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  Skill of the Week

Master Facilitator Journal | Issue #0110 | July 22, 2003 | 8,500 Subscribers

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picture of Steve Davis, editor of the Master Facilitator Journal.From the Publisher: 

Hello MFJ Readers. 

Subsequent to the small town facilitatorion crisis I wrote about a couple of weeks back, we've formed a new personal growth group and we're starting off on the right foot this time. In the spirit of new beginnings, this week's article, "Getting Grounded With Ground Rules," explores the starting point of most healthy groups, by briefly exploring the significance of setting ground rules, a list of good rules to start with, and some strategies to improve buy-in.

At the end of this article, we announce the next scheduled offering of our ever-popular class on the basics of Facilitation, "Random Acts of Facilitation," scheduled for September 8th-12th. MFJ readers get a registration discount. See details, schedule, and testimonials at the end of this issue.

If any of you have had interesting experiences with groups as either a participant or as a facilitator, please tell us about it. We may invite you to interview with us to highlight your story as a case study for a future issue.

Thanks for your support!
Steve Davis


GAME Skill

Getting Grounded With Ground Rules
Developing and enforcing good ground rules are essential for the effectiveness of ongoing groups.

The Point

Why are ground rules important?

I see ground rules as the boundary of what I call a group's "process container." They govern the functional ways and means within which participants will engage with one another. In a world where many of our ways of communicating with each other are habitually dysfunctional, creating, committing to, and following good ground rules are huge positive step toward healthy relating. They also give the facilitator, and others in the group, implied consent to intervene when they are broken.

What role do they play in group process?

I'm involved in a new personal growth group where we spent the first two meetings just working through our ground rules. In fact, discussions around one of them, "We will test inferences and assumptions," sent us into a heated hour long discussion and quite a bit of awareness around our own personal patterns of communication.

Why would we spend so much time belaboring a single ground rule? There were moments when comments and questions like this came up during our meeting: "This is ridiculous. This is too nit-picky. We'll never get on with the real work if we keep going like this."

It's ironic that when we see the need to form a group to build a stronger team, to solve a pressing problem, to build a cohesive strategy, or to develop ourselves personally or spiritually, we get focused on "doing" something and want to bypass or rush by "how" we do it.

But it's the "how" we do it that can make all the difference in the world. How we go about defining problems and working together to solve them will often determine the quality and duration of a solution. How we communicate and understand each other contributes to the prevention or inflaming of problems in the first place. Taking the time to explore and improve how we relate and work together can give us the leverage, insights, passion, and staying power to accomplish the extraordinary.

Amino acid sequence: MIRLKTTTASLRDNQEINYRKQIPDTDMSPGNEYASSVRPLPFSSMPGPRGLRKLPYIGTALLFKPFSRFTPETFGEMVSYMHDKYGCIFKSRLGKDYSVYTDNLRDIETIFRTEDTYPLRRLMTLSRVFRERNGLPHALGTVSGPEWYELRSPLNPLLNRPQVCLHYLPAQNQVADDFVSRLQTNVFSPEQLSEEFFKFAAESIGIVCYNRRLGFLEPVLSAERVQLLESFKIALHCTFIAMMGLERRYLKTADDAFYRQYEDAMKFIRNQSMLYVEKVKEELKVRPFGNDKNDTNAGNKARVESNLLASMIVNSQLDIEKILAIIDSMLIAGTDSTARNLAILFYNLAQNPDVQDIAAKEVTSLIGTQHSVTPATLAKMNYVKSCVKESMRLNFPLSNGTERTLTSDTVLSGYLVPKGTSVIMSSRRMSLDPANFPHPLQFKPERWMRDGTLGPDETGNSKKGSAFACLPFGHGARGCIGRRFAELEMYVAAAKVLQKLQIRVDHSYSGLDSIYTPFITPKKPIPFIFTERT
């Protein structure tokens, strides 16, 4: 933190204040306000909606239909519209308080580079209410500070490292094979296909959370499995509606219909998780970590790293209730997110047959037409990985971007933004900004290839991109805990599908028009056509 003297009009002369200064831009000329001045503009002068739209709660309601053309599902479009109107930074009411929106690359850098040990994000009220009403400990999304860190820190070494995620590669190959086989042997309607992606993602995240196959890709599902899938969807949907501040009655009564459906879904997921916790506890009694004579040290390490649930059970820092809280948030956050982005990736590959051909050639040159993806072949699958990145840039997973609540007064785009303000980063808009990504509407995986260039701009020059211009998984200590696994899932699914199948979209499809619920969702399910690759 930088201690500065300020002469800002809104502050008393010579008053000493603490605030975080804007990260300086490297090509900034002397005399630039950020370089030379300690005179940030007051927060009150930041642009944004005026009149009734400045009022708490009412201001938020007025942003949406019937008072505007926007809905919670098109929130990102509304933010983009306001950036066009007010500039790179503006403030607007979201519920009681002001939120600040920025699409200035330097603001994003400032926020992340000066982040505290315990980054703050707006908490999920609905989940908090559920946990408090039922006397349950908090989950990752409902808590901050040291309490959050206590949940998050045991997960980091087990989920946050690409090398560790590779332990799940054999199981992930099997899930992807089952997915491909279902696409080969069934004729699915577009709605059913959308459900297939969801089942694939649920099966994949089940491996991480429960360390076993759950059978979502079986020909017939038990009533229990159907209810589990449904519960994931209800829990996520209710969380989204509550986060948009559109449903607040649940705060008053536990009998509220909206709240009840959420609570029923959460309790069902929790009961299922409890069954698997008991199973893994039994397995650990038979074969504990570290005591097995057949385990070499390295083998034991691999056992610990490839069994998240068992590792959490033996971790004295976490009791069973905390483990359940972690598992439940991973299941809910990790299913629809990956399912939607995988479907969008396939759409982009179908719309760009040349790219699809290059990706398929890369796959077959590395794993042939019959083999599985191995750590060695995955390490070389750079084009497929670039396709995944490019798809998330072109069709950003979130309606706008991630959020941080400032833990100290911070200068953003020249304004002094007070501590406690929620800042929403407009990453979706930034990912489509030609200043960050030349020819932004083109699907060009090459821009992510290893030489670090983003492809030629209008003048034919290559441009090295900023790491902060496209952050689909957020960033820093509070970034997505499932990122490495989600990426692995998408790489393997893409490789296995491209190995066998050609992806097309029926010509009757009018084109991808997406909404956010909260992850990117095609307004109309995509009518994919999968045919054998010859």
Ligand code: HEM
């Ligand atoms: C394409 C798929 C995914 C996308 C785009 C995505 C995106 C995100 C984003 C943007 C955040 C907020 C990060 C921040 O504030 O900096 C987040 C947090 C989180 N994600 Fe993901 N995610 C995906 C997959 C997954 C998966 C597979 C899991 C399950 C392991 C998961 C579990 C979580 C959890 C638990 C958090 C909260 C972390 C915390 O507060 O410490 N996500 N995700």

It's our ground rules that guide how we work together. So yes, they are worth the time to pound out. And pounding them out together is when the work of becoming an effective team usually begins.


  • How do we establish ground rules?

    It's important to spend the necessary time to come to consensus on the specific rules for an ongoing group. With that said, you can always suggest ground rules you believe would be important after the group takes a cut at them, and let them decide to include them or not.

    If you're meeting only once for a two-hour meeting, you may simply suggest a few basic ground rules you believe will support your group's work together.

    When you find participants reluctant to work through their ground rules, ask this question. "Would it be worth taking some time now to unravel some of our most disempowering patterns of communicating and relating, if their awareness would positively impact the remainder of your relationships for the rest of your life?"

    What are some good ground rules?

    Here is a comprehensive list of *ground rules. These ground rules assume a group meets regularly to deal with nonordinary problems, and has sufficient time to solve them.

  • Test assumptions and inferences.
  • Share all relevant information.
  • Focus on interests, not positions.
  • Be specific--use examples.
  • Agree on what important words mean.
  • Explain the reasons behind one's statements, questions, and actions.
  • Disagree openly with any member of the group.
  • Make statements, then invite questions and comments.
  • Jointly design ways to test disagreements and solutions.
  • Discuss undiscussable issues.
  • Keep the discussion focused.
  • Do not take cheap shots or otherwise distract the group.
  • All members are expected to participate in all phases of the process.
  • Exchange relevant information with nongroup members.
    Make decisions by consensus.
  • Do self-critiques.

Most groups will draw on some of the above but also include rules like the following:

- No side-talking.
- Keep what's shared in the group confidential.
- Show up on time at the start of the meeting and after breaks.
- Listen actively -- respect others when they are talking.
- Be conscious of body language and nonverbal responses -- they can be as disrespectful as words.

Buy-in and enforcement strategies.

Buy-in to ground rules is critical before you start group process. To do this, get a verbal acknowledgment from each of them and read body language to check for hesitance or an uncertain commitment. Resolve barriers to full consensus before moving forward.

Post the ground rules in the room for all to see. Refer back to them as necessary to remind the group of their commitments.

Challenge the participants on the ground rules early and often. If you do not set a tone of strict adherence to the items early in the process, it may become impossible to enforce them later.

If you are using more than two or three ground rules, try focusing on particular items during appropriate activities or discussions. For example, if you are facilitating a discussion in a large group, state before the discussion starts that you would like to focus on active listening. Challenge participants to refrain from any side discussions. The same can be done if you are facilitating an experiential activity, by introducing it as a "silent" activity.